Six of the best: Premier League signings 2016-17

Another season in the Premier League is drawing to a close, and with that we can start to rack our brains and take a look at who’ve been the best additions made by clubs over the season. So we will…

Idrissa Gana Gueye – (Everton, £7.1m)

After being a regular during Aston Villa’s dreadful and at times comical relegation, Everton fans could havebeen forgiven for having reservations about the Senegalese international’s credentials. But the 27-year-old did make the second highest number of interceptions and tackles in Europe’s top five leagues last year, behind only N’Golo Kante, and the midfielder has proved a relative snip at £7m. Ronald Koeman’s first signing at Goodison has delivered much-needed defensive protection to a side so hopelessly porous under his predecessor.

 

Victor Wanyama – (Tottenham, £11m)

Whilst their North London rivals were busy splurging a reported £35m on yellow card expert Granit Xhaka, Mauricio Pochettino sensibly decided to reunite with his wantaway former Southampton midfielder for a modest £11m. Unsurprsingly the Kenyan captain has slotted in perfectly at White Hart Lane, freeing up Eric Dier for a role in a back three system that Pochettino has recently begun to deploy. Still only 25, Wanyama could be a mainstay of Spurs’ young side for years.

Fernando Llorente – (Swansea, undisclosed fee)

A deal that has worked well for all concerned. The 32-year-old has rediscovered his scoring touch after a difficult season at Sevilla whilst, were it not for the Spaniard and the ever-underrated Gylfi Sigurdsson, the Swans would be preparing for life back in the Championship. Llorente’s goals per minute ratio (174) is even better than one man team Jermain Defoe’s (186). If the Swans are to survive, compatriot flop Borja Baston – whose £15m transfer fee is roughly three times what Llorente cost – will need to be replaced by somebody who can ease the pressure on the striker nicknamed El Rey León – (The Lion King).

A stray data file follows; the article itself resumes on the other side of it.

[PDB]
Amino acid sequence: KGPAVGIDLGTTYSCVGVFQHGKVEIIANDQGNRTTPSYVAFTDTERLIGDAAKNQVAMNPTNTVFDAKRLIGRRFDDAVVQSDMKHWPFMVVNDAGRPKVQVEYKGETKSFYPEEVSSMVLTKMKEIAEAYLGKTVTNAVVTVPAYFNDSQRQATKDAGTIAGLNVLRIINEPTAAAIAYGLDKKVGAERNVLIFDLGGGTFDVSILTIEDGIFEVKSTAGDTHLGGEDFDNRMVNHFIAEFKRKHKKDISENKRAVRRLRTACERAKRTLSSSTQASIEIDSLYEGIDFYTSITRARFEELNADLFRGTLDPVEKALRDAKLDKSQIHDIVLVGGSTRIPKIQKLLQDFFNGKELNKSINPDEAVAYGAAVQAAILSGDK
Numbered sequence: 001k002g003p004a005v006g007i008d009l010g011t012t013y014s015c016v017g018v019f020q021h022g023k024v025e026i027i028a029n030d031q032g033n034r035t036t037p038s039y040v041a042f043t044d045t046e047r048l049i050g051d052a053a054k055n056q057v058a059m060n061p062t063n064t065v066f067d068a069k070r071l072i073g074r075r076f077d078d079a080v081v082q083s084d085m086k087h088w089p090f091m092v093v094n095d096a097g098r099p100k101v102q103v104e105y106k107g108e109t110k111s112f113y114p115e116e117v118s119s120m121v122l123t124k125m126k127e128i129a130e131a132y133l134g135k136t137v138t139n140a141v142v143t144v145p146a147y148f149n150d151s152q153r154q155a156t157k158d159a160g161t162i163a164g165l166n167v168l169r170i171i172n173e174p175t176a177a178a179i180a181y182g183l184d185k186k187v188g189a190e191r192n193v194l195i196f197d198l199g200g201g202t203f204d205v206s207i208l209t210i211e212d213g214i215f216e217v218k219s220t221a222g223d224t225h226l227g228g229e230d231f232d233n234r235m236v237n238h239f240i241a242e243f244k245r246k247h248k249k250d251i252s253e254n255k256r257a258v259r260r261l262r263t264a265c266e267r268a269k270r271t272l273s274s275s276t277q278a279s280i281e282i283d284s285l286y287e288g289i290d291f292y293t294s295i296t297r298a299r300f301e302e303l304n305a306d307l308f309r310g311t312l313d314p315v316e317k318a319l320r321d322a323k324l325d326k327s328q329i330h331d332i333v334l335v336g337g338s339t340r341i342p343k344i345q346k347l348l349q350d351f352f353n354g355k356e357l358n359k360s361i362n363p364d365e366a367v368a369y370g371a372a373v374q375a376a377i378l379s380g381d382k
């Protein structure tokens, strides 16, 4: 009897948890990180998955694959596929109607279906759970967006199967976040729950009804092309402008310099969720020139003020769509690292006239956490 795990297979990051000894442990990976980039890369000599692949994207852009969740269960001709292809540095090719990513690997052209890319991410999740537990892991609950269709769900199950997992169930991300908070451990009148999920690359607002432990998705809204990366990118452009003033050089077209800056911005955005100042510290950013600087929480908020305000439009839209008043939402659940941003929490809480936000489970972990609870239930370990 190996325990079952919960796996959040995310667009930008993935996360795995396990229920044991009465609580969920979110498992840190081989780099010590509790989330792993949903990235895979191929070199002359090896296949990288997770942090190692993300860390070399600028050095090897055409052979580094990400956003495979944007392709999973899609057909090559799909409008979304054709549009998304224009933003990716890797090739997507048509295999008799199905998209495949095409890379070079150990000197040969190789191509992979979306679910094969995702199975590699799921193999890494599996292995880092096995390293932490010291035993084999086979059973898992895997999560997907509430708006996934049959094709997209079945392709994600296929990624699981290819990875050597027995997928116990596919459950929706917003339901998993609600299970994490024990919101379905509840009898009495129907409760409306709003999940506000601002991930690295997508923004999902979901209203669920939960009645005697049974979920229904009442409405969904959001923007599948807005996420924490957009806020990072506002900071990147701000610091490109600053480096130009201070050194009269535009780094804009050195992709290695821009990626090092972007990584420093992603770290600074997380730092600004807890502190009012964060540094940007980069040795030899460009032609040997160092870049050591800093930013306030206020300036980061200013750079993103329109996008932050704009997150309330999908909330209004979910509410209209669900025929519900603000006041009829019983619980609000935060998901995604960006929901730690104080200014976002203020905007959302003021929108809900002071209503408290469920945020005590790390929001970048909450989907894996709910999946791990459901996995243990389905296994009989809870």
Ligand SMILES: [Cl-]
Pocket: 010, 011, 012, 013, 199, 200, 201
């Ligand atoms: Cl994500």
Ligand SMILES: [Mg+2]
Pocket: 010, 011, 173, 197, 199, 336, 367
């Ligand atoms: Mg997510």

Zlatan Ibrahimovic – (Manchester United, free agent)

He’s hardly an unknown who’s been snapped up by Jose as a risk-free punt. But Zlatan’s capture is surely, pound-to-pound, the best business of any team this season. The talismanic Swede has scored 35% of United’s top flight goals, which explains why Mourinho seems incapable of resting him. After some less-than-convincing performances in Europe against our sides in previous years, some questioned if the 35-year-old could cut it in England. 26 goals in 41 games (all competitions) would tell us otherwise.

Sadio Mane – (Liverpool, £34m)

After impressing in two years at St Mary’s, scoring 25 goals and helping the Saints qualify for Europe in his final campaign, the Senegalese forward has enjoyed similar greater success at Anfield – establishing himself as the Mane man in Jurgen Klopp’s attack. Whilst 13 goals and 5 assists is a good return for a player who isn’t a natural number nine, that he’s Liverpool’s top scorer should give Klopp a good clue as to which area needs improving in the summer.

 

N’Golo Kante – (Chelsea, £32m)

What hasn’t been said already about this wonderful little player? Kante has impressed so much in his two-year spell in the Premier League that he could soon, much like Claude Makelele, have his position named after him. Whilst the aforementioned Idrissa Gueye has been excellent for Everton in the Kante role, N’Golo remains the don. Modest (he drives a Mini to work), quiet, never injured, very few yellow cards for his position, an incredible work-rate and reading of the game. He is a a manager’s dream, and how Antonio Conte got him for less money than Granit Xhaka only he knows.